Articles Tagged with Nidal Malik Hasan

Here is an interesting little piece.

The outbreak of violence by individuals who seek to harm other persons or institutions cannot be reliably predicted today, the Defense Science Board said in a new report to the Secretary of Defense.  Instead, efforts to counter violence should focus on prevention and mitigation of the threat.

The DSB was created and tasked in response to MAJ Hasan and the Fort Hood shootings.  But does the report have important learning points in regard to sexual assault prevention.

John Galligan bemoans the lack of funding to develop mitigation evidence.

The Hasan Defense Request for Additional Mitigation Funding, dated 7 January 2011, submitted to the Special Court-Martial Convening Authority, still has not been acted upon.   By comparison, I am not aware of any funding request  by US Army prosecutors that has not been timely and favorably approved . . . . .   Why am I not surprised?

No John, why are we not surprised?  In that respect United States v. Hasan is no different than other cases.

Fox News reports

A key intelligence report that could aid accused Fort Hood shooter Maj. Nidal Hasan’s defense is being withheld by the Obama administration, according to a letter obtained by Fox News as part of its ongoing investigation of a radical American cleric. . . . . John Galligan, Hasan’s defense attorney, told Fox News that he requested the White House intelligence report nearly a year ago, and it is only now that he has officially been told the information will not be available.

MAJ Hasan’s UCMJ Article 32 hearing and likely court-martial is drawing and will continue to draw lots of attention — of course, duh.  But just as we have seen in other high profile cases there are opportunities for what I call teachable moments.  Here are two from the item posted by CAAFLog about the witness who was ordered to destroy a video of the shooting he made on his cellphone.  Forget the rhetoric about whether or not the Army was engaged in a cover-up.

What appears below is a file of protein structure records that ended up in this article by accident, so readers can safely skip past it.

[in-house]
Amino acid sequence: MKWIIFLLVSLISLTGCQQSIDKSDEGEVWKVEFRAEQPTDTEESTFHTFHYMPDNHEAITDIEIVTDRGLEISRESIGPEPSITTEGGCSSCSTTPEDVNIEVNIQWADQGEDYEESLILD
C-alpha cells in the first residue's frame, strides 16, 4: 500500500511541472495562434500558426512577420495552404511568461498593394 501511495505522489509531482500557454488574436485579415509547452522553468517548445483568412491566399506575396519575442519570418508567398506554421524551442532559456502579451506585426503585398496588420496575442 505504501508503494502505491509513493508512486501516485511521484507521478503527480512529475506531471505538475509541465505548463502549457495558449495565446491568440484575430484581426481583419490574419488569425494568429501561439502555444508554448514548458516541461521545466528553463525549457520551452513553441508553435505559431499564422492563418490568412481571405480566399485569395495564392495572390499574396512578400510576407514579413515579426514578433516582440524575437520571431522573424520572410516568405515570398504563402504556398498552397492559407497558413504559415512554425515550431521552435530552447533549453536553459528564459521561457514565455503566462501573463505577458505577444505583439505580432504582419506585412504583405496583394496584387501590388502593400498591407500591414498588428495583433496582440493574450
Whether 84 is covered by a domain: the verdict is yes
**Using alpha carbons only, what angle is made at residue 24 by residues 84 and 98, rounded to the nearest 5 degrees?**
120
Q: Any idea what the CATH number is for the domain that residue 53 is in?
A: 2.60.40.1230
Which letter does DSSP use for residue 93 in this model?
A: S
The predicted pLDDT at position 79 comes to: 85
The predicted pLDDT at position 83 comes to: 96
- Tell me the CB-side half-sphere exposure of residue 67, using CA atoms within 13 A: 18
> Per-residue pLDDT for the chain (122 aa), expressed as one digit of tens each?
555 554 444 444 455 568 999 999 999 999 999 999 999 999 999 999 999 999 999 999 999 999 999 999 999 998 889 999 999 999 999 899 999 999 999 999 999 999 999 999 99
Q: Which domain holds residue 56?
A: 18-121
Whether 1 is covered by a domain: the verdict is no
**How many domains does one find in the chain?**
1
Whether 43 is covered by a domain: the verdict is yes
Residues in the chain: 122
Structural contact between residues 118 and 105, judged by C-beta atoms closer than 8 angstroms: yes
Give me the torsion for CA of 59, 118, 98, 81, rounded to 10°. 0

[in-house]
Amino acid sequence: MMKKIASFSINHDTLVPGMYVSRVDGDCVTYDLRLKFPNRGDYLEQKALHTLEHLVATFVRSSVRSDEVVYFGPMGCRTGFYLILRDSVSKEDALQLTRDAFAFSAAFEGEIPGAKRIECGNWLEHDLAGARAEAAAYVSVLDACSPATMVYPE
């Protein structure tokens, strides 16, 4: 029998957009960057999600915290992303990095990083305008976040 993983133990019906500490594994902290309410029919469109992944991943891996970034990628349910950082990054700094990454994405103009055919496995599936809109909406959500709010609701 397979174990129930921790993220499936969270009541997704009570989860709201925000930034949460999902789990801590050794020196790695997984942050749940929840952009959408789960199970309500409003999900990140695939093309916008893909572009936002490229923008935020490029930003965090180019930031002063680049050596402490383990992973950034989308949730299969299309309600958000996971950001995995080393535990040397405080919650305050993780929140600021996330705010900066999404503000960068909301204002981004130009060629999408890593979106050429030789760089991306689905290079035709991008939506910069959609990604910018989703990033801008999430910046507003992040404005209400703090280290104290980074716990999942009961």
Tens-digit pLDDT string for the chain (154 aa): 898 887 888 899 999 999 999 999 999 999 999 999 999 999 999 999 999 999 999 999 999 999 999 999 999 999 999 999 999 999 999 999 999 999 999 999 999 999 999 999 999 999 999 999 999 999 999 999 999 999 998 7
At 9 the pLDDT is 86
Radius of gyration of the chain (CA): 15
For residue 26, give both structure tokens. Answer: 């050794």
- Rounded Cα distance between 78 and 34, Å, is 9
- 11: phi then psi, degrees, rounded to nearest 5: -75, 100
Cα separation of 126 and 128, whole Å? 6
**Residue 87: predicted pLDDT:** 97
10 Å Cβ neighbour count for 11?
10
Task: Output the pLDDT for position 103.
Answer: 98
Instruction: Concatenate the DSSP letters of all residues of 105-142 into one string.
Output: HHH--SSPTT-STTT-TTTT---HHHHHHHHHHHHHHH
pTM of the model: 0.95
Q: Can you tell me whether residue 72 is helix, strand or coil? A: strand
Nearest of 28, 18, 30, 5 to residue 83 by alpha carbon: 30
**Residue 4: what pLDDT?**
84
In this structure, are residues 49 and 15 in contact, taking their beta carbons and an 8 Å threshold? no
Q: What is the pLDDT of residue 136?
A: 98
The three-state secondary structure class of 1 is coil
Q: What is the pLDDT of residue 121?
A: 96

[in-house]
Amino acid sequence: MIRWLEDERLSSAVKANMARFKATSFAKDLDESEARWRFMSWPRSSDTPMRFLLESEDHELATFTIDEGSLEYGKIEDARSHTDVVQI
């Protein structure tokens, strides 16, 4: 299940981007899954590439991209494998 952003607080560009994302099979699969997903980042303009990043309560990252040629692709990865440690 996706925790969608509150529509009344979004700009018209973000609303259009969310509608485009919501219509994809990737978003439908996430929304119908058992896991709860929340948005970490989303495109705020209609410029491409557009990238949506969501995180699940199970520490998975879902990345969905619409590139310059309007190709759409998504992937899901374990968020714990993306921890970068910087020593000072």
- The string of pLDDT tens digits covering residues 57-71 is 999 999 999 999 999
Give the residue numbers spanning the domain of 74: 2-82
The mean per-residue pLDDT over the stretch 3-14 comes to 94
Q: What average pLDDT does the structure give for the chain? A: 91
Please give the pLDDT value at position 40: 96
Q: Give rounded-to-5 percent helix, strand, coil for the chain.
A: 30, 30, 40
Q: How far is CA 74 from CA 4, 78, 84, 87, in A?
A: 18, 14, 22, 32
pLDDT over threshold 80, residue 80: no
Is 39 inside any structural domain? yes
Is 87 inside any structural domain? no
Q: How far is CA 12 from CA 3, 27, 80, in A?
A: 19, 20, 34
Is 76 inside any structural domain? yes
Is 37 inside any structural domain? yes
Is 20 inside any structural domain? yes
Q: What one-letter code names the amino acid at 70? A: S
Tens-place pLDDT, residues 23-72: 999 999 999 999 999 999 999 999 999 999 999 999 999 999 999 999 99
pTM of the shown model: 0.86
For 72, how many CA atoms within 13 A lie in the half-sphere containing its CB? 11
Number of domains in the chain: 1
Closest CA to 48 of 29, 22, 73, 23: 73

1.  Contemporaneous video’s and photos can provide vital evidence for both sides.

Nixon said he remembered Hasan because of “his stature and just how he composed himself — stoic.”

Military.com reports:

A US special forces member suspected of having accidentally killed a British aid worker held hostage in Afghanistan could face disciplinary action, officials said Thursday.

Reuters reports that:

curiouser and curiouser, the Houston Chronicle reports:

Army Col. James Pohl he told the defense it could put its arguments for the continuance into writing rather than air them in court. Defense attorneys did not want to explain their reasons publicly.

"I believe that would protect your client’s interest," Pohl said, adding that he would "give you that option rather than discuss it in open court."

Courtesy of Karen Franklin’s blog:

101110The defense team for Army psychiatrist Nidal Malik Hasan has retained prominent forensic psychologist Xavier Amador. The New York-based expert has been involved in several high-profile cases involving the military, including those of PFC Lynndie England (of Abu Ghraib infamy) and U.S. Army sergeant Hasan Akbar, who killed two fellow officers and wounded 14 soldiers in Kuwait in 2003. He was also a defense expert in the trial of would-be 9/11 hijacker Zacarias Moussaoui.

Inside Bay Area has a piece about corruption in the California National Guard.

From 1986 until her retirement last year, Jaffe’s job with the California Army National Guard was to give away money — the federally subsidized student-loan repayments and cash bonuses — paid for by federal taxpayers nationwide — that the Guard is supposed to use to attract new recruits and encourage Guard members to re-enlist.

Instead, according to a Guard auditor turned federal whistle-blower, as much as $100 million has gone to soldiers who didn’t qualify for the incentives, including some who got tens of thousands of dollars more than the program allows.

I posted the other day about the defense refusal to cooperate in a scheduled R.C.M. 706 board.

Mr. Galligan’s website now points to this CNN piece.  The title of his posting is, “Army Attempts Last Minute Changes to Sanity Board.”  The CNN piece makes several observations.

  1. The defense objects to the timing.